Give Thanks for Goretex: The Rain Gear of Yore

Are your feet wet? Perhaps you need some "rainy-day shoes from China-land."

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What is there even to say about this gem from The Day Book, a Chicago-based paper, published on February 23, 1915? Better to just provide the text here in full (in case you find it difficult to make out in the image above):

There's no "made in America" lavel on the new rainy day shoes which recently made their appearance in New York, but a daring young woman who introduced the style says they are better than galoshes and lots prettier.

The shoes which attracted so much attention when a young woman noted for her extreme taste in dress pattered for Fifth av. with them recently, are everyday where for Chinese women. They are gaudy little things, but they surely do keep the feet dry.

No rain gear in my travels through the Library of Congress's wonderful "Chronicling America" collection of old newspapers can top those rainy day shoes, but a few have their own charms to recommend them. 

For example, perhaps you have had trouble with your clothing in windy weather, showing "its cheapness mercilessly in a good March gale." Here, the Saint Paul Globe of February 5, 1899, recommends skirts that "are weighted around the foot and others are much stiffened." With the right rainy-day dress, a woman in New York could be counted among an elite society, such as "The Rainy Daisies," whose members wore their skirts fashionably and smartly short, thus enabling them to venture out even on Broadway, where windy canyons rendered umbrellas unworkable.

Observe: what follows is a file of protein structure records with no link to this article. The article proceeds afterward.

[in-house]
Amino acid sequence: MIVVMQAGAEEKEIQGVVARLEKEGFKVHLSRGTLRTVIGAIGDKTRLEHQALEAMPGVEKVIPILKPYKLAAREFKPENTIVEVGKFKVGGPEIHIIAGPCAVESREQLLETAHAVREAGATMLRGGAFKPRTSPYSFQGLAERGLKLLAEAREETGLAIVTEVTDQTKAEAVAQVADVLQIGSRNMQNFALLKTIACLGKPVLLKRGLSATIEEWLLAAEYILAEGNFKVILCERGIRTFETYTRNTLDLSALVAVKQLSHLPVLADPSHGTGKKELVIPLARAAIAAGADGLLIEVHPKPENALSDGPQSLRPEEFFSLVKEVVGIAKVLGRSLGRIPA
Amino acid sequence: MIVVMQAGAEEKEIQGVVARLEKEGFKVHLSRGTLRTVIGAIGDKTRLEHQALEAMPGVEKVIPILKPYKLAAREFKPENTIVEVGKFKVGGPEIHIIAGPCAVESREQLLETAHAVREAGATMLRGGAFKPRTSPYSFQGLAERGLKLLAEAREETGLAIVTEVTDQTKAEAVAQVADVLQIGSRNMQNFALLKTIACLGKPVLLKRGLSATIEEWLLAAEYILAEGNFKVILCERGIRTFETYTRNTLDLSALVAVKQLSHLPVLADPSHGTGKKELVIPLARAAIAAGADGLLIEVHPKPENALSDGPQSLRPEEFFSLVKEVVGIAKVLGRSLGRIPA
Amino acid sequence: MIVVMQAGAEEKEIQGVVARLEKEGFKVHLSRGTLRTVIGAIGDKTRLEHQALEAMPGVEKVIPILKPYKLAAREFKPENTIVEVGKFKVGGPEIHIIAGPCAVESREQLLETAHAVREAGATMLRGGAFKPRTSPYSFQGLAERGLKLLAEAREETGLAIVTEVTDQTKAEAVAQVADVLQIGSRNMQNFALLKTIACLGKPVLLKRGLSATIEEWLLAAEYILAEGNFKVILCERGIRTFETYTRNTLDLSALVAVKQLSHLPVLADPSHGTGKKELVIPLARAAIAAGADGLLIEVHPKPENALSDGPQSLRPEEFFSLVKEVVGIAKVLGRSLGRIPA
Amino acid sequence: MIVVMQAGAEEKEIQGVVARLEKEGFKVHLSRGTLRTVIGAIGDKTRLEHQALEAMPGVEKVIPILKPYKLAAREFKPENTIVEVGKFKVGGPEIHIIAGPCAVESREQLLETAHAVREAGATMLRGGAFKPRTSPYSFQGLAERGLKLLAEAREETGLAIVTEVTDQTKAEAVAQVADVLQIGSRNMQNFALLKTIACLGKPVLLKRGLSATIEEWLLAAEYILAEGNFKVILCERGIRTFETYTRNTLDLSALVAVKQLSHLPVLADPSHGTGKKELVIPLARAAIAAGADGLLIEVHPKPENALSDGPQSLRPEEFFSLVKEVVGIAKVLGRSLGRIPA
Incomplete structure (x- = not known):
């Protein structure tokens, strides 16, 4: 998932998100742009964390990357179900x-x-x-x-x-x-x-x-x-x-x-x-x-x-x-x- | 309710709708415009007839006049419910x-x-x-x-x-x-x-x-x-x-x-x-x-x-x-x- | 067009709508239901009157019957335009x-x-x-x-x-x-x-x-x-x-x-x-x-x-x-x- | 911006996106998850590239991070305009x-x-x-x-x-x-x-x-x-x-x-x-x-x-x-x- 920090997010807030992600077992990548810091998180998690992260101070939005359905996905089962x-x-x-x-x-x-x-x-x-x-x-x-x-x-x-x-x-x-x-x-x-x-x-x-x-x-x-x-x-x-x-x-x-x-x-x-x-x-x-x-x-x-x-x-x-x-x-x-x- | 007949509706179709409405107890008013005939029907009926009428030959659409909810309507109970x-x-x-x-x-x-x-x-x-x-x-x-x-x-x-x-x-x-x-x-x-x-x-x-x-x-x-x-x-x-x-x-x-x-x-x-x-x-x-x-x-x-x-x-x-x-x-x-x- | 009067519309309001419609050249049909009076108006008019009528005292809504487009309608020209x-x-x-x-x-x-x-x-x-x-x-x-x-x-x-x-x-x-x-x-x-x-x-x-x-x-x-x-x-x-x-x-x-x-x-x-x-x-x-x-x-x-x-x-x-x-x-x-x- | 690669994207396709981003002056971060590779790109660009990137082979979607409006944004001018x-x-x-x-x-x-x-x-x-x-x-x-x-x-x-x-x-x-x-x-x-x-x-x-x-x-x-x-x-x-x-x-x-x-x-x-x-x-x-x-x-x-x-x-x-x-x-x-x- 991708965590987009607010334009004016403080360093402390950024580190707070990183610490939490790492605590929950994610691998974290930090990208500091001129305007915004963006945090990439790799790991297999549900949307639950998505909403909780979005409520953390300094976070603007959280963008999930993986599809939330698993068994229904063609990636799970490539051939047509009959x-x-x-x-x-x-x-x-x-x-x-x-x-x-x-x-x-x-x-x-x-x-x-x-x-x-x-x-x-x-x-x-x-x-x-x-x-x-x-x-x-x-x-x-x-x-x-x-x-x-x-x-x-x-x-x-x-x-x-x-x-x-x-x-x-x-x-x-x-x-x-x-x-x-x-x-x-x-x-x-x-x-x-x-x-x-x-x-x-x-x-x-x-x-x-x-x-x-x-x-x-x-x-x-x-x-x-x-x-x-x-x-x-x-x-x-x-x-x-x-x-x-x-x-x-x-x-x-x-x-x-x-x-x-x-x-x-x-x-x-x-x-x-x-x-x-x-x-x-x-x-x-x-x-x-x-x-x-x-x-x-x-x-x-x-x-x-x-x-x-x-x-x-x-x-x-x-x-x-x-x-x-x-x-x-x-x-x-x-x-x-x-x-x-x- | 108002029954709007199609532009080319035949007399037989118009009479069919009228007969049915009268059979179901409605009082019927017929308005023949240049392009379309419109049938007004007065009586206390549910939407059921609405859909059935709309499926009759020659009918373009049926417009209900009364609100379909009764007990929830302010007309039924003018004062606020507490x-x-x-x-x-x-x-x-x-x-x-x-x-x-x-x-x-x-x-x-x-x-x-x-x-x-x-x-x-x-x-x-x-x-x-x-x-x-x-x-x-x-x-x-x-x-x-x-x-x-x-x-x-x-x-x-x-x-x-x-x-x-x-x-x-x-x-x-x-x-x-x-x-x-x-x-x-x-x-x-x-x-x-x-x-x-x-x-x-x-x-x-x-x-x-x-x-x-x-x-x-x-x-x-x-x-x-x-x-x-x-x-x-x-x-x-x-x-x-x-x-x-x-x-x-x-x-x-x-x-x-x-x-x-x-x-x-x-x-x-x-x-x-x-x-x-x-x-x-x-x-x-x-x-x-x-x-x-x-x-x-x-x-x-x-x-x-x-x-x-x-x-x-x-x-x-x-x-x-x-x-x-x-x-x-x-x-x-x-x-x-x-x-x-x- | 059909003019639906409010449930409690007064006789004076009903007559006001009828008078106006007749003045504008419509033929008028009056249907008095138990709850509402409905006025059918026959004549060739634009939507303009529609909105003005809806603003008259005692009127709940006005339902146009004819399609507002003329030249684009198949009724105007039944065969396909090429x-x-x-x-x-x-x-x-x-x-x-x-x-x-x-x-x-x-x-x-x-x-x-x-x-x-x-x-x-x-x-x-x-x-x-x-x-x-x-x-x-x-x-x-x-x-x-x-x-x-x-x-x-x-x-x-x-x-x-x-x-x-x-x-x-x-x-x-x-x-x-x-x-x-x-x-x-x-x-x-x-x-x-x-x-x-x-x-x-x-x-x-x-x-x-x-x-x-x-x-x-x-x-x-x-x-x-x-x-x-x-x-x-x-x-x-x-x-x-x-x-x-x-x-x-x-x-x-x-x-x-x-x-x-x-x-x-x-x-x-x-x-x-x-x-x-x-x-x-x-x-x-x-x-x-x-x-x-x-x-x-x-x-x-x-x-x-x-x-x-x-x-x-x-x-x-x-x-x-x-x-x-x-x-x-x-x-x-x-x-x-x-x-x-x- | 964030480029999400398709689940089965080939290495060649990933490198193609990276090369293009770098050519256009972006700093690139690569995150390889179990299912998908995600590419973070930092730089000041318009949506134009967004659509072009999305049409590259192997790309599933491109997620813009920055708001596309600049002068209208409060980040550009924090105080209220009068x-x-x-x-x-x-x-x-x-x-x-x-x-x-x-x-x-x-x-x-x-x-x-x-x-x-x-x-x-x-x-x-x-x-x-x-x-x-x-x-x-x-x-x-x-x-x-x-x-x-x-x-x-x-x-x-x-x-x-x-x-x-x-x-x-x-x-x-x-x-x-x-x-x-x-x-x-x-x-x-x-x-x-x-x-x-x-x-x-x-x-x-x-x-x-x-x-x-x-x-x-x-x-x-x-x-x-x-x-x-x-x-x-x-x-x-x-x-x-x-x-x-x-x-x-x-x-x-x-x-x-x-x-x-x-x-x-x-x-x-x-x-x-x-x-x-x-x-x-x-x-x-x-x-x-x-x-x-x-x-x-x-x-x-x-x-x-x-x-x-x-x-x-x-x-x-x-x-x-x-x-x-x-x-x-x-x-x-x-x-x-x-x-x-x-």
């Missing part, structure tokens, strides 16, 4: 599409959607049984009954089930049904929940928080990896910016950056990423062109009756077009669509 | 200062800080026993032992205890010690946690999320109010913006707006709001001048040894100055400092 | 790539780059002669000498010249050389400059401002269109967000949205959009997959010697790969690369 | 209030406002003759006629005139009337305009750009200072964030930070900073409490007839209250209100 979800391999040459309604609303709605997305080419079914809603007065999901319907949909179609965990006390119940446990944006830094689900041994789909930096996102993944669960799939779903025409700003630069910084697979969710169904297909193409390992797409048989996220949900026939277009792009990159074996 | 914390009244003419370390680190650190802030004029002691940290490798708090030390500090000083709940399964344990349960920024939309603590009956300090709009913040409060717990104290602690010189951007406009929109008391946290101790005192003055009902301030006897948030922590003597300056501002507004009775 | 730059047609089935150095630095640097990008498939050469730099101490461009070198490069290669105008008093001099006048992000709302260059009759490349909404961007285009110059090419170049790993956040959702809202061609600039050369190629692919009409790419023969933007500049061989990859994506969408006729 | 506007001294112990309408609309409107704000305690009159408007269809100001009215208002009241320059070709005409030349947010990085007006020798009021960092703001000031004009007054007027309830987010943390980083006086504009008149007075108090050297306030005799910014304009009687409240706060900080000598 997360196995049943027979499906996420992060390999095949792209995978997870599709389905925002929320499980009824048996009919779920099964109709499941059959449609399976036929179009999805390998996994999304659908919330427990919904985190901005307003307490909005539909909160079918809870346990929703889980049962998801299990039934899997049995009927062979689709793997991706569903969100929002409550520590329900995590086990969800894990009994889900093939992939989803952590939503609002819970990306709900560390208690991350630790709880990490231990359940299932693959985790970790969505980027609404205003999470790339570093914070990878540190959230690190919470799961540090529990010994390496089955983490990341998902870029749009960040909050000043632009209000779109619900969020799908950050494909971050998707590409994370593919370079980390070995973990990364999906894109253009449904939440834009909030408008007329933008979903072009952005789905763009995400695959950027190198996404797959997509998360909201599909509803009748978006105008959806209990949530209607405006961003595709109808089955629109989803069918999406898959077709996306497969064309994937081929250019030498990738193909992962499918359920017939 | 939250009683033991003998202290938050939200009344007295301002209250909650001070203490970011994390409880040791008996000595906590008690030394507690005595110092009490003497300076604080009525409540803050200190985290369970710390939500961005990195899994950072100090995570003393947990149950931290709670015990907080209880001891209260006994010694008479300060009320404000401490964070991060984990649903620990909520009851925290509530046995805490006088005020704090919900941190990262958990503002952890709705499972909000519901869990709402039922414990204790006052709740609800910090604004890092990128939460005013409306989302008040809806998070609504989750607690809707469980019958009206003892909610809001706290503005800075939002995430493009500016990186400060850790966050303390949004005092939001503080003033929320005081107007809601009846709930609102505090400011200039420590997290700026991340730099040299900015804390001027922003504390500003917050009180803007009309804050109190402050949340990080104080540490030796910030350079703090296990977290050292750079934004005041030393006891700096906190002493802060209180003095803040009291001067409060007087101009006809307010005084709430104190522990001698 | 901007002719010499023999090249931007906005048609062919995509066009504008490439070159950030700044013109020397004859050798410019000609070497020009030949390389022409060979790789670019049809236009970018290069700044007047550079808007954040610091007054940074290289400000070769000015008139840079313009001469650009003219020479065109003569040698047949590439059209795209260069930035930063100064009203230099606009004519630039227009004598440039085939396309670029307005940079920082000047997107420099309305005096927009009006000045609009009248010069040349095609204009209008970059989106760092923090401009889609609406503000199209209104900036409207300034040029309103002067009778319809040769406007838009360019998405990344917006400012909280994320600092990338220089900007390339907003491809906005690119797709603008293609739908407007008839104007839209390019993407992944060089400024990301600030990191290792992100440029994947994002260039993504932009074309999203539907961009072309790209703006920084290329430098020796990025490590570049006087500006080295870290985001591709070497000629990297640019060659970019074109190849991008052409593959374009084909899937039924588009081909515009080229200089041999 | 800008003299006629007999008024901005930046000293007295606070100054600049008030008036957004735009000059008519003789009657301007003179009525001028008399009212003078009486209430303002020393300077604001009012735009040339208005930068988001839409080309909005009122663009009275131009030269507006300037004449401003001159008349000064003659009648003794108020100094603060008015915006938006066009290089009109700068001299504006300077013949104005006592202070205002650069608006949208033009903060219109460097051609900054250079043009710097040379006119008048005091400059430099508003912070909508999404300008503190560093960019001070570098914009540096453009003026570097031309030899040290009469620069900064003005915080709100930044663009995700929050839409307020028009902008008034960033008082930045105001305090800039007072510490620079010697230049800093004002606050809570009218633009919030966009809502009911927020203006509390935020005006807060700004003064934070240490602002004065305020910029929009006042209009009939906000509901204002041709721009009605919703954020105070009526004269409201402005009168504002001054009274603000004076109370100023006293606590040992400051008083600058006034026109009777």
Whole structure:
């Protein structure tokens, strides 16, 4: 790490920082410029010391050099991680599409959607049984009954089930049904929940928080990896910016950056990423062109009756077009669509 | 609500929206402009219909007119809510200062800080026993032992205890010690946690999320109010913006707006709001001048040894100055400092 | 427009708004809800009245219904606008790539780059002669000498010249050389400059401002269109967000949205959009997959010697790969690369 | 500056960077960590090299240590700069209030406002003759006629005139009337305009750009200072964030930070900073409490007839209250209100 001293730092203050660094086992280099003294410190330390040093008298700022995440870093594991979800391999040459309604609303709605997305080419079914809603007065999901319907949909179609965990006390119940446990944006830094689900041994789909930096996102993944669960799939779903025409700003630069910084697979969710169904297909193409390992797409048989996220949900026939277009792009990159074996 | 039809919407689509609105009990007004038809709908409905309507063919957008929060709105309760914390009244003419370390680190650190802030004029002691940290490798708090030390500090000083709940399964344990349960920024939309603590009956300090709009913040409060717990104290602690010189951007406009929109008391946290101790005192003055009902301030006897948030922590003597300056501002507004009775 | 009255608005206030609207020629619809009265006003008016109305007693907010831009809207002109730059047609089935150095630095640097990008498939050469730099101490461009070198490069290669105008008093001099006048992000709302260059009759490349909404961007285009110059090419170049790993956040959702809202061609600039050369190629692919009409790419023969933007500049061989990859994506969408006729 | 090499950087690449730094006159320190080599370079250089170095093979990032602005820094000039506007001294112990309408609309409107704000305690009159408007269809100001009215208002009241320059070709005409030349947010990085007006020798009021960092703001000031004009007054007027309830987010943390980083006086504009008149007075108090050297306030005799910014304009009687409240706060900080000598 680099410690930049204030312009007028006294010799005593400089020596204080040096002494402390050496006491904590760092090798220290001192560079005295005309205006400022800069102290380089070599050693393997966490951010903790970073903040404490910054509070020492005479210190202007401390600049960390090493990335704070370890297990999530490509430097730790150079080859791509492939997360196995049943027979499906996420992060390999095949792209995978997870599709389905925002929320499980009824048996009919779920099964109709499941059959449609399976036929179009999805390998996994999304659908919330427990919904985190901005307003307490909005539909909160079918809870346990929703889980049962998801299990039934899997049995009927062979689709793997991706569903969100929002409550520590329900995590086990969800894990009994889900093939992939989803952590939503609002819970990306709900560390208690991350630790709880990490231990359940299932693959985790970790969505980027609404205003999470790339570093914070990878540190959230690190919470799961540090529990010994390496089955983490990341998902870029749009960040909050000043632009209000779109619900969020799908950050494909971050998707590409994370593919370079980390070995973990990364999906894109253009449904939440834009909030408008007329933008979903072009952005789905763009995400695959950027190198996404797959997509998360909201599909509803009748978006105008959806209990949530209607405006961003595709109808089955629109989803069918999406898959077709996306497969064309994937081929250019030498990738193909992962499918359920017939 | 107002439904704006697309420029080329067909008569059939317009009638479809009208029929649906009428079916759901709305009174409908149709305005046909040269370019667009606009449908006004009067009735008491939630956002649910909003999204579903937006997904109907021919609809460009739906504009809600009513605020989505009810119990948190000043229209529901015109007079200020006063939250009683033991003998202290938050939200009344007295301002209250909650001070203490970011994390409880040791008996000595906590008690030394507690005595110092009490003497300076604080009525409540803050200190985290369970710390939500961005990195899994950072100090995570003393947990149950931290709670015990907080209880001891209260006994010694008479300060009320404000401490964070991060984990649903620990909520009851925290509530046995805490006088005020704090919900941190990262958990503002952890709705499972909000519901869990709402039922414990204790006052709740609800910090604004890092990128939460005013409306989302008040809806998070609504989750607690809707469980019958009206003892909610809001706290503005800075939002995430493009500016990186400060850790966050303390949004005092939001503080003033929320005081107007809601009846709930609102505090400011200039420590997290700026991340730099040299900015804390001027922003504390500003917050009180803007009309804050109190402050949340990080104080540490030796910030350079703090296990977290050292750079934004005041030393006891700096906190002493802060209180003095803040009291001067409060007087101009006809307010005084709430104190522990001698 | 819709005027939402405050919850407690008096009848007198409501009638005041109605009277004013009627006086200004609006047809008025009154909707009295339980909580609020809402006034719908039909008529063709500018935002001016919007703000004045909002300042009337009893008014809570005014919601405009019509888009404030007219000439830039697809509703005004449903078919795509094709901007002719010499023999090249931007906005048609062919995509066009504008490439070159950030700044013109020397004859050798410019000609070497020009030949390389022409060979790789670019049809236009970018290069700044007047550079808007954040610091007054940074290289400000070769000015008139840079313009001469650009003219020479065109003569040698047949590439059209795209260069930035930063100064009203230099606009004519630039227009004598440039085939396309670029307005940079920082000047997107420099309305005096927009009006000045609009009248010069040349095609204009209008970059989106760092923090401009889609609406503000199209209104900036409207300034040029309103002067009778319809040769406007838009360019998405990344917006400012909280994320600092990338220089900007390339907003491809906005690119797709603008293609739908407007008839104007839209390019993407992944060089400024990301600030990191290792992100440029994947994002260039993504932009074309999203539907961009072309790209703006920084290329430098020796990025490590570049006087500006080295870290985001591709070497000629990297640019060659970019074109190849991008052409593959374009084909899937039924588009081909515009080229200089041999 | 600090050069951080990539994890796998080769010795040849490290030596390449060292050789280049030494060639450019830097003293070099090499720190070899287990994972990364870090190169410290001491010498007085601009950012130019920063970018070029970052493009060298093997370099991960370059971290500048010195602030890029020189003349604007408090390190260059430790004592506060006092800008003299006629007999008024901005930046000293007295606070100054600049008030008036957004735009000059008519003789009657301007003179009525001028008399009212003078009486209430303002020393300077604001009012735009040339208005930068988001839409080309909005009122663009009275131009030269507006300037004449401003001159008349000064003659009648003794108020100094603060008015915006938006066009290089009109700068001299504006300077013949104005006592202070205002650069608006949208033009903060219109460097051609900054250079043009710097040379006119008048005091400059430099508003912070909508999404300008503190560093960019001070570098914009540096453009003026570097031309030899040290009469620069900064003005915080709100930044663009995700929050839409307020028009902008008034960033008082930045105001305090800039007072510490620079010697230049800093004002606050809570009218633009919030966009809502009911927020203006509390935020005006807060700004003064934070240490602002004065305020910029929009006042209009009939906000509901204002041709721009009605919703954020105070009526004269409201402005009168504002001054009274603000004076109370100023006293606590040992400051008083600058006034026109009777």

Similarly, a lady should be mindful of her top coat in ill weather. As readers of the Los Angeles Herald's Sunday Supplement were advised on January 13, 1907, "That day has passed when 'any old thing' was thought good enough to parade in stormy weather." Now a lady should find herself something well-tailored, made of a cloth that "will not be disfigured by rain spots."


Men too could find themselves more modern rain attire. An advertisement in the Novmeber 5, 1905 Bisbee Daily Review, an Arizona paper, urged men "to get one if you would be immune from chill and discomfort during the fall and winter months." 


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Rebecca J. Rosen is a senior editor at The Atlantic, where she oversees the Business Channel. She was previously an associate editor at The Wilson Quarterly.

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